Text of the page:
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"It's a lateral transfer" -- George W. Bush, 43rd President of the United States
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  Name:
  Gustav
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  Warsaw, Poland

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Saturday, September 11, 2004

Bush's Flip-Flop

It's official. George W. Bush has flip-flopped. After vehemently defending his position for several weeks that a new director of intelligence should not have budgetary powers, Bush has this week agreed that any new intel director should indeed receive those very powers.

Never mind that this is finally the right decision-- why aren't the Dems pushing this into the spotlight? While the Republicans have continually screamed that Kerry voted for the war and now opposes it (Kerry voted to give Bush authority to go to war, not for an alliance-breaking wild-goose chase for WMD's and Neo-con pipe dream of reshaping the Middle East in America's image), Bush staunchly protects Rumsfeld from any threat to his authority until pressure from the public and his own party finally force him to cave. Bush was practically the only one in the country to be against giving the any new intel director such powers, and now he's able to switch positions under the radar so easily? Perhaps this issue is getting more play in the states. I hope so, because over here we're not hearing a thing about it.

And while we're on the subject:

Is there a politician out there who has never changed his mind? Tom Coburn, a Republican running for the Senate in Oklahoma is an obstetrician who once performed abortions. Now he says those who perform abortions should be executed. Three years ago, Bush said he was in favor of diverting Great Lakes water from Michigan and other Great Lakes states to the rest of the country. Just last week, at a campaign stop in Michigan, he proclaimed his determination never to allow it. Indeed, in the campaign of 2000, Bush ranted on and on about the evils of nation building. What then exactly is going on in Iraq and Afghanistan?

Politicians change their minds all the time, not necessarily for the worse. Michigan's water oughtn't be diverted (at least not without compensation). If we hadn't started nation-building in Afghanistan, we'd have left the Taliban in power there. And any national intelligence director ought to have budgetary powers. So what's so bad about changing one's mind? The Republicans have even scored points on John Kerry's support for the death penalty for terrorists (after long opposing the death penalty) while George Bush has presided over executions of the mentally ill in Texas. Can they really be serious? Most Americans can probably understand John Kerry's movement on the death penalty, especially after the events of September 11th. Has a majority of Americans ever supported the execution of a man with the IQ of a six-year-old?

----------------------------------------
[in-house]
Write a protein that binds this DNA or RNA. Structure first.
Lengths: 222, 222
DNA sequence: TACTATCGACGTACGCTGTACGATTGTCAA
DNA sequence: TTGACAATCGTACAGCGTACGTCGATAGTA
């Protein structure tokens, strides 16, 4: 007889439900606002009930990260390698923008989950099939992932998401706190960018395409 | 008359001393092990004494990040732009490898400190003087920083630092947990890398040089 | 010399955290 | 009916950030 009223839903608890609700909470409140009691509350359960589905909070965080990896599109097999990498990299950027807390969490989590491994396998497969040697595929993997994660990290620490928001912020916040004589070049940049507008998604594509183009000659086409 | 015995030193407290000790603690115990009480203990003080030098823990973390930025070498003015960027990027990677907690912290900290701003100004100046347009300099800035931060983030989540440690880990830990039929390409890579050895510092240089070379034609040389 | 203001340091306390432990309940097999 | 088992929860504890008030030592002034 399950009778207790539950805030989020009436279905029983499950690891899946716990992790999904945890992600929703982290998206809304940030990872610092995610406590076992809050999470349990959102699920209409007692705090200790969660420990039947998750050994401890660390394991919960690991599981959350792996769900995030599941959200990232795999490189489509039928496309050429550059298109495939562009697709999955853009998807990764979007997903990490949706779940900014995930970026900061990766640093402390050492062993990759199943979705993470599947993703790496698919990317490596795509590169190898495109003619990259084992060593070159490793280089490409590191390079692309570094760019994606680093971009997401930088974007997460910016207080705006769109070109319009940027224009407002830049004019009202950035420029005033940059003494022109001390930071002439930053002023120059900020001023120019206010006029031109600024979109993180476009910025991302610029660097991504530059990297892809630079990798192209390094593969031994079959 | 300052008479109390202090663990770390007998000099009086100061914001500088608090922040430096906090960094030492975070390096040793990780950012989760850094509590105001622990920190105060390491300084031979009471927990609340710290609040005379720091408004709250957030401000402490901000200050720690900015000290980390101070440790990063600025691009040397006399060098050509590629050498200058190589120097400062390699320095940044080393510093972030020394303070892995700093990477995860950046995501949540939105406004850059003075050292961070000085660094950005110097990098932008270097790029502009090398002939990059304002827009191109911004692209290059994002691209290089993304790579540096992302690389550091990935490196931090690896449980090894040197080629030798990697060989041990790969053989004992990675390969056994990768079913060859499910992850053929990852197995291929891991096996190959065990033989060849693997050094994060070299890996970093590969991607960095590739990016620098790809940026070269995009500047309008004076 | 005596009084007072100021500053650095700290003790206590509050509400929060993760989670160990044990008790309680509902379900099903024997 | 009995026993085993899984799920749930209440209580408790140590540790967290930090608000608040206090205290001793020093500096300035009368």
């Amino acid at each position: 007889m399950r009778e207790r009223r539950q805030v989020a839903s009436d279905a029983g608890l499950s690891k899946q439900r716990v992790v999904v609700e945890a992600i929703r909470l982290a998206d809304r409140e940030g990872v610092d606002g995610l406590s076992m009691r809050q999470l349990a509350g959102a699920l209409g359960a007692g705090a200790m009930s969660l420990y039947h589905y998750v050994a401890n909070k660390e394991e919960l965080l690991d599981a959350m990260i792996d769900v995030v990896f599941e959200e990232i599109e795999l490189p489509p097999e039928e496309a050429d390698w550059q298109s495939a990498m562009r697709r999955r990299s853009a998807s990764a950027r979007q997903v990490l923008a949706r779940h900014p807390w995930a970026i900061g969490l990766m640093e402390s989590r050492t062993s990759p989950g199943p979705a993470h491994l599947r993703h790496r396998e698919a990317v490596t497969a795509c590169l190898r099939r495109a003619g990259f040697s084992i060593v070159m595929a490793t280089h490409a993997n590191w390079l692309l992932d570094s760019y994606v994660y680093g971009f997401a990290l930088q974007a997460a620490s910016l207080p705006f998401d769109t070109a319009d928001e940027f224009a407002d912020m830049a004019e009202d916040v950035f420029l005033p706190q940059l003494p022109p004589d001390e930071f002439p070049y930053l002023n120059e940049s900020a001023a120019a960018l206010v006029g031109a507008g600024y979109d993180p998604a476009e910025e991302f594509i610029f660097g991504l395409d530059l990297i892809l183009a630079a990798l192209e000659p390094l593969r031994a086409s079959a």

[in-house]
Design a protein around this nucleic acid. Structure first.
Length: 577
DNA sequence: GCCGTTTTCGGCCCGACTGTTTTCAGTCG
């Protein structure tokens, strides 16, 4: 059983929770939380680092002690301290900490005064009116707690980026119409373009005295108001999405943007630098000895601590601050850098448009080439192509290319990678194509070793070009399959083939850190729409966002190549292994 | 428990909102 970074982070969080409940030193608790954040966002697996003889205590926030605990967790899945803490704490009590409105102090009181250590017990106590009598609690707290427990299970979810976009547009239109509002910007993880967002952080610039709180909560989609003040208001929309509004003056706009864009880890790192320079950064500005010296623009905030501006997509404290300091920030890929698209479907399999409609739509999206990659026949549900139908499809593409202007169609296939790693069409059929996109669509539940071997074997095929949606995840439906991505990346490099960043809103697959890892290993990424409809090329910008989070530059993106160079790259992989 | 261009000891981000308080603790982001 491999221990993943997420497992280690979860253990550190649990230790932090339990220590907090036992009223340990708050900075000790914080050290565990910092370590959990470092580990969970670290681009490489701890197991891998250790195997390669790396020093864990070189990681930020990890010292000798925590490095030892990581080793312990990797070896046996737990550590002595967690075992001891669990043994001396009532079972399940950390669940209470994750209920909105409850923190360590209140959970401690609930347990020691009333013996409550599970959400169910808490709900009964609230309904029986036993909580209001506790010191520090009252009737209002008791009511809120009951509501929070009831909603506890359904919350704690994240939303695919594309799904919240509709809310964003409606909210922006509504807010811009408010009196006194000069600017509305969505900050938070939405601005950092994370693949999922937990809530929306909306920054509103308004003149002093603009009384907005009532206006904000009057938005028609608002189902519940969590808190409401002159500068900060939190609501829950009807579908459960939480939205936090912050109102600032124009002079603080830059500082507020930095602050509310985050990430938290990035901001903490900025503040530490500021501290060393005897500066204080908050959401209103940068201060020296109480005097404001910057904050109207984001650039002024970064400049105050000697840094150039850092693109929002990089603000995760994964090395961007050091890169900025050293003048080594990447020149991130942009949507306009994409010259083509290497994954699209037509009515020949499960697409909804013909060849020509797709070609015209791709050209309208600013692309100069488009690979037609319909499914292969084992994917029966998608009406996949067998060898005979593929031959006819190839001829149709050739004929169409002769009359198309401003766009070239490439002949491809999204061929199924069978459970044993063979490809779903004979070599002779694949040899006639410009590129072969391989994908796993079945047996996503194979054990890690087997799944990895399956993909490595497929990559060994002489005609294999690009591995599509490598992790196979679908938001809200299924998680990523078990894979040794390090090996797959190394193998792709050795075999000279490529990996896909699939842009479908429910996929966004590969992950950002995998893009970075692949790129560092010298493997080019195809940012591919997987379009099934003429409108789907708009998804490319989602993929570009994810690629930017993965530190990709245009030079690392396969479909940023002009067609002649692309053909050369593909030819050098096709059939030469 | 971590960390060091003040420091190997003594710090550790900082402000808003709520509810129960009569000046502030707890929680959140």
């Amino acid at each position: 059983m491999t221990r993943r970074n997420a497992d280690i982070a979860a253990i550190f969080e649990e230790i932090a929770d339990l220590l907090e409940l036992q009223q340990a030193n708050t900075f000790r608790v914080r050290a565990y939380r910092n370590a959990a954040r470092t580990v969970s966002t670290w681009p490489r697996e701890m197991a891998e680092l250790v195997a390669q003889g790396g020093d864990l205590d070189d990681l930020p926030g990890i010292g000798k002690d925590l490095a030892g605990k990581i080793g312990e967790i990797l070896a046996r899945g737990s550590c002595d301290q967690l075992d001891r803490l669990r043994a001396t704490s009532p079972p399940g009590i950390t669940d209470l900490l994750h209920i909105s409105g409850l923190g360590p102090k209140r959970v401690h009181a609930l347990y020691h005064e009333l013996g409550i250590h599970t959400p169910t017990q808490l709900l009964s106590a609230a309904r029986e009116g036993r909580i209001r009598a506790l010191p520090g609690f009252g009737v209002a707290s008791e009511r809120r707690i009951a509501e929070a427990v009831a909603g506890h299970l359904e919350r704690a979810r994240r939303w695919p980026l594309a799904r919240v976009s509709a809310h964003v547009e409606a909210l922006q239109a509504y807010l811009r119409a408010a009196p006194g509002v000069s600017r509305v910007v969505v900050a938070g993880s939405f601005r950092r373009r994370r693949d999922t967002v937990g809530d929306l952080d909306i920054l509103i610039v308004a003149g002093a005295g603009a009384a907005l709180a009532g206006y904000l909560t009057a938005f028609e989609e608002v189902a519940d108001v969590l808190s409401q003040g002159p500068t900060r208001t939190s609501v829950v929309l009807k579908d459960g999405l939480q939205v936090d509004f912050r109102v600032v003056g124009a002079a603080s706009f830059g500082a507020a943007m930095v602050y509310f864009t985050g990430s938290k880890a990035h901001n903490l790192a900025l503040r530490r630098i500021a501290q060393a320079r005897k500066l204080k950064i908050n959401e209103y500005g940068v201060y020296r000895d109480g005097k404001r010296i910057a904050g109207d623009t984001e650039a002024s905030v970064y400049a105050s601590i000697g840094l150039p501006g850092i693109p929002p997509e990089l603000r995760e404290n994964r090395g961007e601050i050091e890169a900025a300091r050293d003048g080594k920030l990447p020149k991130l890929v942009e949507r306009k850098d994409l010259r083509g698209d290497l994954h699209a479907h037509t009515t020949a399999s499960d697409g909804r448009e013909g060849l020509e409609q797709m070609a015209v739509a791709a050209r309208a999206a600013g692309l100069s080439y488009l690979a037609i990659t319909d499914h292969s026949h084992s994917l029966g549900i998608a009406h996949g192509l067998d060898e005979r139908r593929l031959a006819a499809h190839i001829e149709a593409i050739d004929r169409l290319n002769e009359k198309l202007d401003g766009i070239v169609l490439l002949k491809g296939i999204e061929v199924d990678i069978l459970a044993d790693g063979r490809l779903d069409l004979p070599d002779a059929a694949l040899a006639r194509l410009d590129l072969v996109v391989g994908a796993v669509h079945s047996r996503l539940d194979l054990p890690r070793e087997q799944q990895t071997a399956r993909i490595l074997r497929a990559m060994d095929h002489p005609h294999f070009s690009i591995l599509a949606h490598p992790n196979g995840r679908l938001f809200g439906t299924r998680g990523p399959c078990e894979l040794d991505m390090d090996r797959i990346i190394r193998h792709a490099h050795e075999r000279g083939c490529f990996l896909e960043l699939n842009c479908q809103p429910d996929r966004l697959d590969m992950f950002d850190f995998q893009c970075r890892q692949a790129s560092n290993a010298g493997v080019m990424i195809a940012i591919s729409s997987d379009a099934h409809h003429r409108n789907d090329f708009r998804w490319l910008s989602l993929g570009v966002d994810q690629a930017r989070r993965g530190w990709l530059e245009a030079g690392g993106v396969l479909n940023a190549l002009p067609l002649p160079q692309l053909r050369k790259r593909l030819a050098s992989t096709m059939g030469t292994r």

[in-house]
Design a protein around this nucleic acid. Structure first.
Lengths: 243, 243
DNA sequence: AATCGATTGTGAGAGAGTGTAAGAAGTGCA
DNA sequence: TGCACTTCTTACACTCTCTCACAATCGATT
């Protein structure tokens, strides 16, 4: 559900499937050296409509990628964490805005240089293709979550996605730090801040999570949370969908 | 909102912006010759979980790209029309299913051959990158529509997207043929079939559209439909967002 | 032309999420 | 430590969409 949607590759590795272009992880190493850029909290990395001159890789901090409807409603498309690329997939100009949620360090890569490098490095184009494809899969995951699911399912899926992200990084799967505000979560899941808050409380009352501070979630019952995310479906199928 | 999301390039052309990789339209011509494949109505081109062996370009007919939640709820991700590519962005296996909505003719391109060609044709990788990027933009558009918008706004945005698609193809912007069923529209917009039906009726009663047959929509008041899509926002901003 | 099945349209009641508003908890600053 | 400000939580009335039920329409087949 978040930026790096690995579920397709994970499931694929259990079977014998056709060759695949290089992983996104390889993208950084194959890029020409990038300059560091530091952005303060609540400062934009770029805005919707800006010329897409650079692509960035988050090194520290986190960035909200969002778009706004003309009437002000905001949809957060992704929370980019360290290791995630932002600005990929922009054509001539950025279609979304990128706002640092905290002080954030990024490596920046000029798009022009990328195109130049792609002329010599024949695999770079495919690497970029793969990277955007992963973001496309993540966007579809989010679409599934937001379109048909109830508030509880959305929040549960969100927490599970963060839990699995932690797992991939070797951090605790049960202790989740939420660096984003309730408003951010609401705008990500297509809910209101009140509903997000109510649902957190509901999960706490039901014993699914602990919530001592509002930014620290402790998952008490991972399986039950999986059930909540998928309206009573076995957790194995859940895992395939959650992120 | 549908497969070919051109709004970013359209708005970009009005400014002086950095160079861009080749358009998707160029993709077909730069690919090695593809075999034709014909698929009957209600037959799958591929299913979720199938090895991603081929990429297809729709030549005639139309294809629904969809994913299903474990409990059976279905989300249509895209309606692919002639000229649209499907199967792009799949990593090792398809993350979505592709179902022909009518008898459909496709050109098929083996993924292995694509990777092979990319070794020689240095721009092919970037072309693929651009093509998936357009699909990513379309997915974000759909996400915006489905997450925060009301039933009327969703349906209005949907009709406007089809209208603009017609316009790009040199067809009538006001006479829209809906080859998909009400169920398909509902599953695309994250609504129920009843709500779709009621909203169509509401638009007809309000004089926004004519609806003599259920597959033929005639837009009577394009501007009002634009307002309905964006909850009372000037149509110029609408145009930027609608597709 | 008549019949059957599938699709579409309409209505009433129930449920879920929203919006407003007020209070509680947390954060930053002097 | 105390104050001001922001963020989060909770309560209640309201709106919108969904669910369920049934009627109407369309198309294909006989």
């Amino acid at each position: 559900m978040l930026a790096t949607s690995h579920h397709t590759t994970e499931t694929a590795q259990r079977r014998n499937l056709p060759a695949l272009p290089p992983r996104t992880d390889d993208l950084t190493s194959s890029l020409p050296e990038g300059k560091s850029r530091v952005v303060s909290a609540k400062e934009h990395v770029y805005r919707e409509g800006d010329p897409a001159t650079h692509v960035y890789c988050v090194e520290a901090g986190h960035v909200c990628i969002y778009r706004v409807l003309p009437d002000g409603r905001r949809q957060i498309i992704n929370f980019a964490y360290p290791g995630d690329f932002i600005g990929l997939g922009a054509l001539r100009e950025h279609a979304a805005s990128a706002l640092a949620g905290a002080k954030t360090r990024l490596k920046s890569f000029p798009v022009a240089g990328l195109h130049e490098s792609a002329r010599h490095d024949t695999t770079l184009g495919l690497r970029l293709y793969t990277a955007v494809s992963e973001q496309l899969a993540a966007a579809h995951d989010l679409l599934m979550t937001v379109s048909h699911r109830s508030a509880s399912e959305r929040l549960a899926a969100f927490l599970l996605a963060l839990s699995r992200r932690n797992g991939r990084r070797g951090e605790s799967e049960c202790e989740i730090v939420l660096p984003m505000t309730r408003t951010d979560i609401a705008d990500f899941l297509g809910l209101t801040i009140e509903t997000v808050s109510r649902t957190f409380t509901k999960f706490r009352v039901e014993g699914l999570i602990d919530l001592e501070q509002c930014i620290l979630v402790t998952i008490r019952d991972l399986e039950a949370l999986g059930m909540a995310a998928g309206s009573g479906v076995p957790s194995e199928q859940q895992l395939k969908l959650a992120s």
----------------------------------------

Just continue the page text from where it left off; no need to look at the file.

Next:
And what's so great about a clear and decisive leader, whose decisions are all clearly wrong? Bush will remain firm against the terrorists, yes yes, we know. Are there folks out there who really believe that since John Kerry doesn't think the Iraq War was conducted correctly that he might just give in to the terrorists? The logic is mind-boggling. On the other hand, Bush has been very clear and decisive about alienating our allies, creating tremendous anti-American sentiment around the world (thus creating resistance to anything good that America might want to accomplish internationally). He has clearly made it easier for the philosophy of terror to gain popularity in precisely the places where we're trying to extinguish it, and he's clearly made a mess of Iraq (not to mention domestic issues like Education, Health Care, and Civil Liberties). So what good is a clear position when the position is clearly disastrous?